When talking about cost, it's important to realize the relative value of an item is much more important than its absolute cost. The cost of advanced technology IOLs may seem high, but the real question is high in relation to what? In relation to inexpensive earbuds for a portable music player or a cup of coffee—yes. In relation to designer frames and progressive lenses that can easily run more than $1,000—no. This is why educating patients so they understand the value in the benefits they achieve with an advanced technology IOL helps ameliorate buyer's remorse. The same patient who would not think twice about purchasing bottled water or Starbuck's coffee daily (yearly cost: $4 x 365 = $1,460) might assume $1,000+ for an IOL is too expensive until they realize the relative value.

Research

The more thoroughly people research a purchase, the less likely they are to suffer buyer's remorse. This is one of the many reasons why educating patients prior to their decision making about IOL selection is so important. Educating patients so they can assess their needs, understand benefits and potential drawbacks and cost not only allows the patients to make an informed decision but also helps banish post-purchase dissonance subsequently.

Lastly we will address one of the final factors impacting post-purchase dissonance: reinforcement or support of a decision by the purchaser's peer group. Companies expend extraordinary resources to establish and maintain their brand recognition. Not only does the branding of a "luxury" product allow the company to promote its image, but it also lets the end user demonstrate to friends and peer groups the use of the product.

For example, in the case of designer shirts, the presence or absence of a horse-riding polo player insignia on a shirt should not materially affect the wear or function of the shirt, but it does allow others to recognize and acknowledge the luxury purchase of the buyer.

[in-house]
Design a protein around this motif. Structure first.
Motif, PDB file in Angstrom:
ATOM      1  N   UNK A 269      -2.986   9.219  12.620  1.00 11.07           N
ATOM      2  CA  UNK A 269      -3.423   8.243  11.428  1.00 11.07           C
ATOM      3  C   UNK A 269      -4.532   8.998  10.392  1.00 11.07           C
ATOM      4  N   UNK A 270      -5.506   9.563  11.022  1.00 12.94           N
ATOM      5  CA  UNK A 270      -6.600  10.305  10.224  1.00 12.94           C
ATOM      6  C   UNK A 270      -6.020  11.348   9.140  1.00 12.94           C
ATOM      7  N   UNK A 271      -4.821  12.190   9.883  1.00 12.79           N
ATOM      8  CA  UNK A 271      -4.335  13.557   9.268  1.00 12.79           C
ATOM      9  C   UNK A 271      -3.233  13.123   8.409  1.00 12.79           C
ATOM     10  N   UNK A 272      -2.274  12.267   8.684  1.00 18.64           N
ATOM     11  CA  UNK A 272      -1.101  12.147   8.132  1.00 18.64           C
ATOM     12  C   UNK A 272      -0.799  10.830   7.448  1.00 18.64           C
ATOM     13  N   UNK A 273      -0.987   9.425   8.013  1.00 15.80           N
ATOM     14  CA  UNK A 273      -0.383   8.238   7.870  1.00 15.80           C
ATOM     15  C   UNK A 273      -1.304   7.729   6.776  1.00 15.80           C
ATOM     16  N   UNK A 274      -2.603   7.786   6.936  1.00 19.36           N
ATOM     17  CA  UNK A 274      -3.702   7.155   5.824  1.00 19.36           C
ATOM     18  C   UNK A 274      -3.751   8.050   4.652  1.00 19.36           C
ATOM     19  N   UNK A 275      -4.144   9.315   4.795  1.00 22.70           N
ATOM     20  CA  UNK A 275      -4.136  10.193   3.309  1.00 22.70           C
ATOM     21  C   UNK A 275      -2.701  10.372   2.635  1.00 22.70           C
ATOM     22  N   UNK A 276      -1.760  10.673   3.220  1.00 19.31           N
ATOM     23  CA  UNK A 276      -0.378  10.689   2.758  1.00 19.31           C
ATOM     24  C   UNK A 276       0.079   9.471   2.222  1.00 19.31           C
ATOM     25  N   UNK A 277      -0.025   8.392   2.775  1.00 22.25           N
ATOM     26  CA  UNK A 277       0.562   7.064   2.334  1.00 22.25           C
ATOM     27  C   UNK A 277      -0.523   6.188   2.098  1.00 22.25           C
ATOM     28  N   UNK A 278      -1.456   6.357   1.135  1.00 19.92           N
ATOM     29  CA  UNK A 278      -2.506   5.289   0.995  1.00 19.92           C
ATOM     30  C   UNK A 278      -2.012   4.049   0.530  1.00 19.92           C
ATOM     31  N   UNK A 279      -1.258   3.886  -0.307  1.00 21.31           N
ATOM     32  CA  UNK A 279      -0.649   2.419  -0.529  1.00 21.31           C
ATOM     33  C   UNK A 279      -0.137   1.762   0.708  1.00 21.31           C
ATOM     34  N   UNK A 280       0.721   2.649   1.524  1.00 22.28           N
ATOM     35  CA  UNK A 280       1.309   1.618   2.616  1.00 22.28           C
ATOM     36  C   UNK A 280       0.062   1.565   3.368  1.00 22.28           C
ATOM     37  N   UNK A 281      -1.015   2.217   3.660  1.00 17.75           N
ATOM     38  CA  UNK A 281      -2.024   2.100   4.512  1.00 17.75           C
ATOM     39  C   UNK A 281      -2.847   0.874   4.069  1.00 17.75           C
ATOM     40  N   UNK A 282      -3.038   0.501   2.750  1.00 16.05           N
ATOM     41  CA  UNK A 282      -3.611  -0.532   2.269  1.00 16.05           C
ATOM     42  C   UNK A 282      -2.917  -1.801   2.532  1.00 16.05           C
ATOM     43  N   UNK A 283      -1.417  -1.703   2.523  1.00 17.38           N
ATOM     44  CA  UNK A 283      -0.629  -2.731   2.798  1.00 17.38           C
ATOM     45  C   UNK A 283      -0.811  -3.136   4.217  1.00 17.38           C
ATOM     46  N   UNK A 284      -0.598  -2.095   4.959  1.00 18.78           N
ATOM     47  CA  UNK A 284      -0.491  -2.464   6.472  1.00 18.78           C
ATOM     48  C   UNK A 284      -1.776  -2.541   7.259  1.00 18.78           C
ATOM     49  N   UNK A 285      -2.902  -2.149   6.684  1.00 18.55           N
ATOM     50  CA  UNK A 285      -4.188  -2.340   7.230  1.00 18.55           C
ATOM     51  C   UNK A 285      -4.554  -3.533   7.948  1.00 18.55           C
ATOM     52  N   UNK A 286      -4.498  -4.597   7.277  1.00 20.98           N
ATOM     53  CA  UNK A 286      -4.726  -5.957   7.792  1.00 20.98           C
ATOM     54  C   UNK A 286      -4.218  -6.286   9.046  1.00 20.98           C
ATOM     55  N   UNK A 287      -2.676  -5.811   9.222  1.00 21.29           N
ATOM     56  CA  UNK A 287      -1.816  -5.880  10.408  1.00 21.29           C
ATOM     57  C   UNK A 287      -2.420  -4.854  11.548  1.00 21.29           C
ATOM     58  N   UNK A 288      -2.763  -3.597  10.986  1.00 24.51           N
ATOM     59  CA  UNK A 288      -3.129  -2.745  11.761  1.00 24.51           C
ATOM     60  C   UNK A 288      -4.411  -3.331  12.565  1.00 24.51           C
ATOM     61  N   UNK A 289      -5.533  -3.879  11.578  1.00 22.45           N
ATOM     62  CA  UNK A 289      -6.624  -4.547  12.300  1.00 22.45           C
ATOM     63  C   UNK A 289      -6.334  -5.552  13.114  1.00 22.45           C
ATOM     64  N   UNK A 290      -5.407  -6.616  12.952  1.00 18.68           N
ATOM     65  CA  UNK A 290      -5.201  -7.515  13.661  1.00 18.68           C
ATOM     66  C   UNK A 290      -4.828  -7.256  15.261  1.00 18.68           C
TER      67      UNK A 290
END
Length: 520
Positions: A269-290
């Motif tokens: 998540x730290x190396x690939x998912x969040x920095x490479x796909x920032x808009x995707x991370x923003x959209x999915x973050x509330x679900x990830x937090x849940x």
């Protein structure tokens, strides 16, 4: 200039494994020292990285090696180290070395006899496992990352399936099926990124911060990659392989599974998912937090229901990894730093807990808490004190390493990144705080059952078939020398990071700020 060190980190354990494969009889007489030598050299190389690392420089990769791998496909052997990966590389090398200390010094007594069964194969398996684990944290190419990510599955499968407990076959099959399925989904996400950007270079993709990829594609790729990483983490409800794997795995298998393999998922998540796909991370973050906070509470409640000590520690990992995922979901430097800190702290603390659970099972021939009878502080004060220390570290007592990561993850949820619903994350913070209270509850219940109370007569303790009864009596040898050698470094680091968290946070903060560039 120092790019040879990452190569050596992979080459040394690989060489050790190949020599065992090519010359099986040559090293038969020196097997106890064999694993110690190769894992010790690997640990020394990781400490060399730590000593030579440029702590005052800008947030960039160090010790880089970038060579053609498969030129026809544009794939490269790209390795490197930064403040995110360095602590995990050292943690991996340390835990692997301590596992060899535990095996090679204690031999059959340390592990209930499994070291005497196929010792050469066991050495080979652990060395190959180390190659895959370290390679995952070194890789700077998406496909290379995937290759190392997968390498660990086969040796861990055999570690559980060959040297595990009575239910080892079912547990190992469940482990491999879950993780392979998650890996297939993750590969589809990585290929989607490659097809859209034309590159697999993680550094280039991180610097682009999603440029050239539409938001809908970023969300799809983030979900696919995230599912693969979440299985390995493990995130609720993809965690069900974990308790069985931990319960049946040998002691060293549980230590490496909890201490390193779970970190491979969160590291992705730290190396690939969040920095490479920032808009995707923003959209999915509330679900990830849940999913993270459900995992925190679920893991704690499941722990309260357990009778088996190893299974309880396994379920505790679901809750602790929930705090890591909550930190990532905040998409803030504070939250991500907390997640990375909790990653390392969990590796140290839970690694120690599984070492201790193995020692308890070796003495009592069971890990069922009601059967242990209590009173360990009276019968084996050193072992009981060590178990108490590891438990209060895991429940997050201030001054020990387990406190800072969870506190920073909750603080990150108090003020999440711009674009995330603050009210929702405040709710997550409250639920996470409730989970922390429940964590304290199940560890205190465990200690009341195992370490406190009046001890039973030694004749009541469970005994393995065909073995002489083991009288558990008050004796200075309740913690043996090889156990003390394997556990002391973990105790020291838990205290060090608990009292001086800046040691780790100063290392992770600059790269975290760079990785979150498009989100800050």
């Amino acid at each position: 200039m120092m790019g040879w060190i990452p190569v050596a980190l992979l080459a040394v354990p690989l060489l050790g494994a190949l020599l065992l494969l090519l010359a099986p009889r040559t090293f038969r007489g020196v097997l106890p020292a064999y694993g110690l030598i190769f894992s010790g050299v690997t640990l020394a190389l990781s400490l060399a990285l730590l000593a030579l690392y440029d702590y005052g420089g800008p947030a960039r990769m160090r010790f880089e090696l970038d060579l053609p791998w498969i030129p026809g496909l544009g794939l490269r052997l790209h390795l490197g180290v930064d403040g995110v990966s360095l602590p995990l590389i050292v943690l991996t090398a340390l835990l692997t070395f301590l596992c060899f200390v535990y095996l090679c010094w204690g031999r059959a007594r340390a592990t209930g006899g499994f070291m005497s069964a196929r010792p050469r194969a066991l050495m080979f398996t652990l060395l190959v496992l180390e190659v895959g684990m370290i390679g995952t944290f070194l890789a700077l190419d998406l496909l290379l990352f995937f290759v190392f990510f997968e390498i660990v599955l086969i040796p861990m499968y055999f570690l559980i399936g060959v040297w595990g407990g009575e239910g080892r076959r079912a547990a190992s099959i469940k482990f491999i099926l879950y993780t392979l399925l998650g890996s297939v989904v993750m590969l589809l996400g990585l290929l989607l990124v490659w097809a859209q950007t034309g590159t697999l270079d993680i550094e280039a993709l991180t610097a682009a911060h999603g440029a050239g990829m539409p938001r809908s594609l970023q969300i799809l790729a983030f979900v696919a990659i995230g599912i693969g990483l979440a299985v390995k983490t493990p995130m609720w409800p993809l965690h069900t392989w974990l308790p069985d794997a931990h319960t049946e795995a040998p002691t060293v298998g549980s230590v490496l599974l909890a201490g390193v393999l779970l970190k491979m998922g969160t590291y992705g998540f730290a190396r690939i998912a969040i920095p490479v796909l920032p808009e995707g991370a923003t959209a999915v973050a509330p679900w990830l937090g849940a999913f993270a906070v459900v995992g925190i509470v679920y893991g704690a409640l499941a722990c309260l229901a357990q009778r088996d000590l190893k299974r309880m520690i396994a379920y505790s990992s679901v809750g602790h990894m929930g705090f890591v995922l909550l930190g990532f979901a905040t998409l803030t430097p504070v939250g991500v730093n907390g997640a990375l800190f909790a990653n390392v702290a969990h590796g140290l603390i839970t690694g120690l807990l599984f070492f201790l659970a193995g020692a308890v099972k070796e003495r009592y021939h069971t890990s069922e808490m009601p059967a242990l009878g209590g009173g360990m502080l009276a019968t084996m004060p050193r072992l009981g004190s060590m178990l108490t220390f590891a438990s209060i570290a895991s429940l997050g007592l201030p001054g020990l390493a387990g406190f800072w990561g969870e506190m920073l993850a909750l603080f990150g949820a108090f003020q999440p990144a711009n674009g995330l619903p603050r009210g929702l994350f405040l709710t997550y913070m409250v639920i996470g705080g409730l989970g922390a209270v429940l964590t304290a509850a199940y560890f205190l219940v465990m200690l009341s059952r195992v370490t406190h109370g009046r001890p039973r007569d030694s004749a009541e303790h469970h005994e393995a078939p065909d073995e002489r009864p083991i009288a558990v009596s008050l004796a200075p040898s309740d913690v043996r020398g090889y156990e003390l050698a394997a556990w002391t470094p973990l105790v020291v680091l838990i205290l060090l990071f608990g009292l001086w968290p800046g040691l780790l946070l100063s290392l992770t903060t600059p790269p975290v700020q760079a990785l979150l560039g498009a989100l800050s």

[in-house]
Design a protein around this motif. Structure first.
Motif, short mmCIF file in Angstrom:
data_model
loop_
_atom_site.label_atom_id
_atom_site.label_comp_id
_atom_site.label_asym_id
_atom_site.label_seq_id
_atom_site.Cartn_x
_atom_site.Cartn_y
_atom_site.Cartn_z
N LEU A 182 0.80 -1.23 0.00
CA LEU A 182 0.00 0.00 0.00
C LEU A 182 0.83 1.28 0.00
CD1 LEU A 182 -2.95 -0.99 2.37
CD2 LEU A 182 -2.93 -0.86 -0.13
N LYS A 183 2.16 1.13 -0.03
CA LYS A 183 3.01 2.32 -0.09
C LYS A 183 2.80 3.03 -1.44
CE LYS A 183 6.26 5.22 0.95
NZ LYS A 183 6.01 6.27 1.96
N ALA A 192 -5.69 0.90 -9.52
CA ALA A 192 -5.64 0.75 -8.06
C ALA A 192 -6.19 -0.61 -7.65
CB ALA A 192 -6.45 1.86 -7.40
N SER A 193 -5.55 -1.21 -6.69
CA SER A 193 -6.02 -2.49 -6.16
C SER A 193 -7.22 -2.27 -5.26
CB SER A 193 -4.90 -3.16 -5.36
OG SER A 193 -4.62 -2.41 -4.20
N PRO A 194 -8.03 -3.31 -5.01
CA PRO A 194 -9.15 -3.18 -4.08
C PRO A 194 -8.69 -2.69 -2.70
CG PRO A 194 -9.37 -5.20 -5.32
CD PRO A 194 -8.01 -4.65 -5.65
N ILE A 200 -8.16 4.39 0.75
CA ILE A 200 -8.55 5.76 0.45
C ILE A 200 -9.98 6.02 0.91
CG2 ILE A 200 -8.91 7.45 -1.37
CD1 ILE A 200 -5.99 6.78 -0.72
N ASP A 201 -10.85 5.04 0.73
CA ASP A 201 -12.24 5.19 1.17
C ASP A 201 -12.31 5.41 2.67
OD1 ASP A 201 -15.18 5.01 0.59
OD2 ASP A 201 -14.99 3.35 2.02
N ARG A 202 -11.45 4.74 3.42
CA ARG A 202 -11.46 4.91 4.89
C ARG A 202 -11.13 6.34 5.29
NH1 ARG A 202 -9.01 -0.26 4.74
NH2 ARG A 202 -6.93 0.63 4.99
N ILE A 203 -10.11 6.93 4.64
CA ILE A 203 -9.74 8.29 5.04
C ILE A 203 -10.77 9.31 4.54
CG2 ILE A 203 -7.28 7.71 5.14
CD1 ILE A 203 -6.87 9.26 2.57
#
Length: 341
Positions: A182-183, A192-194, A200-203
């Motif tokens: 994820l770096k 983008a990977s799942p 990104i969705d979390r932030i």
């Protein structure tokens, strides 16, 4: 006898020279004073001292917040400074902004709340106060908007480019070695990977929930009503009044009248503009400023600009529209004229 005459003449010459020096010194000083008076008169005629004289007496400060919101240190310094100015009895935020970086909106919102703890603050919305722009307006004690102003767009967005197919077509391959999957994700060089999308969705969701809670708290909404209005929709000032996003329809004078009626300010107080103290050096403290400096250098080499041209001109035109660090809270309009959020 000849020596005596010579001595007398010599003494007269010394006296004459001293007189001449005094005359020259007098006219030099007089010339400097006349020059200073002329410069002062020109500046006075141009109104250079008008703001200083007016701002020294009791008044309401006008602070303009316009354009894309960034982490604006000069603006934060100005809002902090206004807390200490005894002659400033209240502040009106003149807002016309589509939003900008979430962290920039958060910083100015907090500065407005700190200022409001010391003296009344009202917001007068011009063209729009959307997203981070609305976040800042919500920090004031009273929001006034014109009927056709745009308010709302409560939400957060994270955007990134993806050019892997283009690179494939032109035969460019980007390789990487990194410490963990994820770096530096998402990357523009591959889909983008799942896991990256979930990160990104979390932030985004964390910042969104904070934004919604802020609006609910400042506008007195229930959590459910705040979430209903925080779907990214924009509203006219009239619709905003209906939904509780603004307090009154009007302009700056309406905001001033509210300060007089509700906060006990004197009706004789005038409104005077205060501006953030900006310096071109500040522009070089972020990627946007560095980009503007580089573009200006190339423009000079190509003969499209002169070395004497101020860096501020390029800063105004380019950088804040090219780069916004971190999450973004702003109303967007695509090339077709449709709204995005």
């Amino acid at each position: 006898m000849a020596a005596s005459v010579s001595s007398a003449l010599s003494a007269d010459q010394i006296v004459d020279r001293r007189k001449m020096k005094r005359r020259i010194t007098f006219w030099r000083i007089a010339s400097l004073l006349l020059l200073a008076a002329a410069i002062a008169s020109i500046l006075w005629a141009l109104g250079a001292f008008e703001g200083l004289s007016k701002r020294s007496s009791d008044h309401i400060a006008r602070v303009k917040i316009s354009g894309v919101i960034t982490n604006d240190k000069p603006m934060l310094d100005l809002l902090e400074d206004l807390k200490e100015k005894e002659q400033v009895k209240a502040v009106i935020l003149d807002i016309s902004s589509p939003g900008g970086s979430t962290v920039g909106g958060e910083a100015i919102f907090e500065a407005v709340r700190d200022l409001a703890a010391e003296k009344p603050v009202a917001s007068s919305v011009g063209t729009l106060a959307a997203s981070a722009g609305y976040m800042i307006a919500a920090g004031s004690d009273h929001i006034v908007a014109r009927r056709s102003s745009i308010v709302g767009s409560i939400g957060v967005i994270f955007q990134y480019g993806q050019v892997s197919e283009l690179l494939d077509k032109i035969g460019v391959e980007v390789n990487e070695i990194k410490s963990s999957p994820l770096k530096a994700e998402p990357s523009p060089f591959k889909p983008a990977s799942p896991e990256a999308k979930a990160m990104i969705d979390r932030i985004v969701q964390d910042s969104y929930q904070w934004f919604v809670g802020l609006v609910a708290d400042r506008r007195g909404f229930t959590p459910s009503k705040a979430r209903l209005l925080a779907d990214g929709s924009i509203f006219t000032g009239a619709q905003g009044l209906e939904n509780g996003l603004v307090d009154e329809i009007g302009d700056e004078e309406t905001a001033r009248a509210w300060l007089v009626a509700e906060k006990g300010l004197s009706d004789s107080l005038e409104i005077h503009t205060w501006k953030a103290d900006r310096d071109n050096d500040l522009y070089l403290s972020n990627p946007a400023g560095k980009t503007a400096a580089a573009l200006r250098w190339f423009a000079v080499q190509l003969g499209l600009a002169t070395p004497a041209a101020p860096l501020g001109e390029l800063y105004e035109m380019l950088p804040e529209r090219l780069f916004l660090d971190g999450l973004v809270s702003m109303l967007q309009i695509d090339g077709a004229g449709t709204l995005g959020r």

In another example with automobiles, an advertisement describing a recently purchased vehicle as "the most luxurious in its class" may make the buyer more comfortable with the overall purchase. With advanced technology IOLs there is no outwardly obvious branding that allows observers to reinforce the value of the purchase. Additionally, even educated patients may not realize the true benefits they are achieving from their advanced technology IOLs when compared to basic lenses and therefore not appreciate the real world clinical advantages. This is why it is important for the ophthalmologist and staff to continue to be supportive and educate patients even in the postoperative period. By using low minus power trial lenses, staff can effectively negate the add power of presbyopic IOLs and demonstrate what vision would have been like if a basic lens was implanted. This, along with support and reinforcement of the patient's near visual function, can help provide validation of the patient's initial decision to proceed with a presbyopic IOL.

Editors' note: Dr. Tipperman is affiliated with the Wills Eye Hospital, Philadelphia.

Contact information

Tipperman: rtipperman@mindspring.com

Should have, would have, could have: Understanding post-purchase dissonance Should have, would have, could have: Understanding post-purchase dissonance